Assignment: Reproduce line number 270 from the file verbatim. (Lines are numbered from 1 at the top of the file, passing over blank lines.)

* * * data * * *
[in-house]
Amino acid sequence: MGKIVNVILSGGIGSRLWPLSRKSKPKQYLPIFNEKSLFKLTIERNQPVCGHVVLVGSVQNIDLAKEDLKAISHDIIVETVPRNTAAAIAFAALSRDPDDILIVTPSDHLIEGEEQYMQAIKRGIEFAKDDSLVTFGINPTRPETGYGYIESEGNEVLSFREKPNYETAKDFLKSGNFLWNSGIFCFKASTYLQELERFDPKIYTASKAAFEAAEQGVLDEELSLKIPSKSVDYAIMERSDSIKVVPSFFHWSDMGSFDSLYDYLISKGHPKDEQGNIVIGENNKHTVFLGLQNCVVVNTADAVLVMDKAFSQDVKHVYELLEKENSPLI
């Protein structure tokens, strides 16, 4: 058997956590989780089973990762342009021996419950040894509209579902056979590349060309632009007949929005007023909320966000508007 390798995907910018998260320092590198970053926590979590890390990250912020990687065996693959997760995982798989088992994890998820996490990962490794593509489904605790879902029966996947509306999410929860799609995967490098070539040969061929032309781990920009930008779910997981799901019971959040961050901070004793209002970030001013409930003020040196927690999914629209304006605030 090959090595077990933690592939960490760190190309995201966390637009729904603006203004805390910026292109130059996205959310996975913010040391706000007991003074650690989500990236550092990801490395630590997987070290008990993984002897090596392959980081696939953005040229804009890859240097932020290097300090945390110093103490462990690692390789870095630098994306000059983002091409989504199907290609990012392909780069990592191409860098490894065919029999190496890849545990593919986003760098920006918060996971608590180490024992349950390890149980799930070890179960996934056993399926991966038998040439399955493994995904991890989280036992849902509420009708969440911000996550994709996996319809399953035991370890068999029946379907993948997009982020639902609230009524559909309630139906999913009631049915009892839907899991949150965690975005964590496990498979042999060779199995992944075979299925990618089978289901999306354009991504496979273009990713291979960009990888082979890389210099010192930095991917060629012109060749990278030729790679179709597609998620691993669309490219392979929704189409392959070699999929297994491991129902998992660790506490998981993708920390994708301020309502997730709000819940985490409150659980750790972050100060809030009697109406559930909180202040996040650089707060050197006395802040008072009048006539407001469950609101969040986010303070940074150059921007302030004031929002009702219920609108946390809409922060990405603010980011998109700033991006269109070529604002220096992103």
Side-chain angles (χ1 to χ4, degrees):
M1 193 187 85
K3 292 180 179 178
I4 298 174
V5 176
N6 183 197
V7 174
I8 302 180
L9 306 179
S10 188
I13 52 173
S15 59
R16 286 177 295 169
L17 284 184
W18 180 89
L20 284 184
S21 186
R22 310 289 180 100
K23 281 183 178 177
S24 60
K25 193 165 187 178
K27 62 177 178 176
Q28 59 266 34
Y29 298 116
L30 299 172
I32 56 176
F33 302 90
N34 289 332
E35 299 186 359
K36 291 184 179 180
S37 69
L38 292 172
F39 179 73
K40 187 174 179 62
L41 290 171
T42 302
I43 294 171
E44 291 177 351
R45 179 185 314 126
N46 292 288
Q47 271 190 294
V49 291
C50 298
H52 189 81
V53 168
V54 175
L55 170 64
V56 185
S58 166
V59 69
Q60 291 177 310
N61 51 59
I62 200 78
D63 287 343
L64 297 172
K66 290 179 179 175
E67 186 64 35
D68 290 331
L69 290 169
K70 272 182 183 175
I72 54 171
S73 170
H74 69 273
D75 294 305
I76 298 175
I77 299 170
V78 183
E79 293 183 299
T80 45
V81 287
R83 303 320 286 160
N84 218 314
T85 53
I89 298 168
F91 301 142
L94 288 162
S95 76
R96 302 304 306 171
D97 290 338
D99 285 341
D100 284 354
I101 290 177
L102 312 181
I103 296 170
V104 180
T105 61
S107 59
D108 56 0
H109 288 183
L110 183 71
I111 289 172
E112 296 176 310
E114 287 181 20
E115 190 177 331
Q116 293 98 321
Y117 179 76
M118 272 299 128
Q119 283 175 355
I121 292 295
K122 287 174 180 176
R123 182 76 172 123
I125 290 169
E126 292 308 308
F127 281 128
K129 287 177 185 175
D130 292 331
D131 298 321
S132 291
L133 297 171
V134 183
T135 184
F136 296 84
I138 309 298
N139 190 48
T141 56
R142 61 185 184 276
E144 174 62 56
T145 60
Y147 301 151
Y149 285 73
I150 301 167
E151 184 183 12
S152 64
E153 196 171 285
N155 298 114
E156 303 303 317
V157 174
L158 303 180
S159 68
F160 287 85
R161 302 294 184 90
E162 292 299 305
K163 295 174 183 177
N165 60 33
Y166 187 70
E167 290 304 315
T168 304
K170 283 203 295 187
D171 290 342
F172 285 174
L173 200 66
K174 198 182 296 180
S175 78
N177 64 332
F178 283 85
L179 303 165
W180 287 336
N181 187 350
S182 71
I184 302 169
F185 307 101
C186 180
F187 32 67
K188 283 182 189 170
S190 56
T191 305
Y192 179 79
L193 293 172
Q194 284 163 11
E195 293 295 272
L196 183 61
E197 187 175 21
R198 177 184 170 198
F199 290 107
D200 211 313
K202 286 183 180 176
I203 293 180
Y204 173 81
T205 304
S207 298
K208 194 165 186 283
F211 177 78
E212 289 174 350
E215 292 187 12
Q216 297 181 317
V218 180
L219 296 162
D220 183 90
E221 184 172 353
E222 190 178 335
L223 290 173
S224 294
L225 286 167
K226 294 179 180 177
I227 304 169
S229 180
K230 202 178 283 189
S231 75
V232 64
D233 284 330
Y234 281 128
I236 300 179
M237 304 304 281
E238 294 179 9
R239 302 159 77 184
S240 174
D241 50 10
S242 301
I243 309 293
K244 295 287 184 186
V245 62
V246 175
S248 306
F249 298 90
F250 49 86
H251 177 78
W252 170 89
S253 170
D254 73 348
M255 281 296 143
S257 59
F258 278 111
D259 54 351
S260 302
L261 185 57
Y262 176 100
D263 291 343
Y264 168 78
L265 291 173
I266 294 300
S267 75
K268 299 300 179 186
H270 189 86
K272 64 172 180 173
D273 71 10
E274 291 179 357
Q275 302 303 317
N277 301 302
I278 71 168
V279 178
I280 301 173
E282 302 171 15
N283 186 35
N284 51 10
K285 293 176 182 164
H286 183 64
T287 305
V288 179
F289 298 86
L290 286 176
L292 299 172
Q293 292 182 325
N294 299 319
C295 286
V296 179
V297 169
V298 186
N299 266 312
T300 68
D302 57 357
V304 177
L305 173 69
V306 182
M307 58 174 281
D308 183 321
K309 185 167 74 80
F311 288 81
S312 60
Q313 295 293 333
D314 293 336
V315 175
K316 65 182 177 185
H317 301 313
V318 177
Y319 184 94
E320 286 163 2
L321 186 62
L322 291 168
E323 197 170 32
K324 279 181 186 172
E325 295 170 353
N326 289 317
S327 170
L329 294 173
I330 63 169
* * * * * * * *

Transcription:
L321 186 62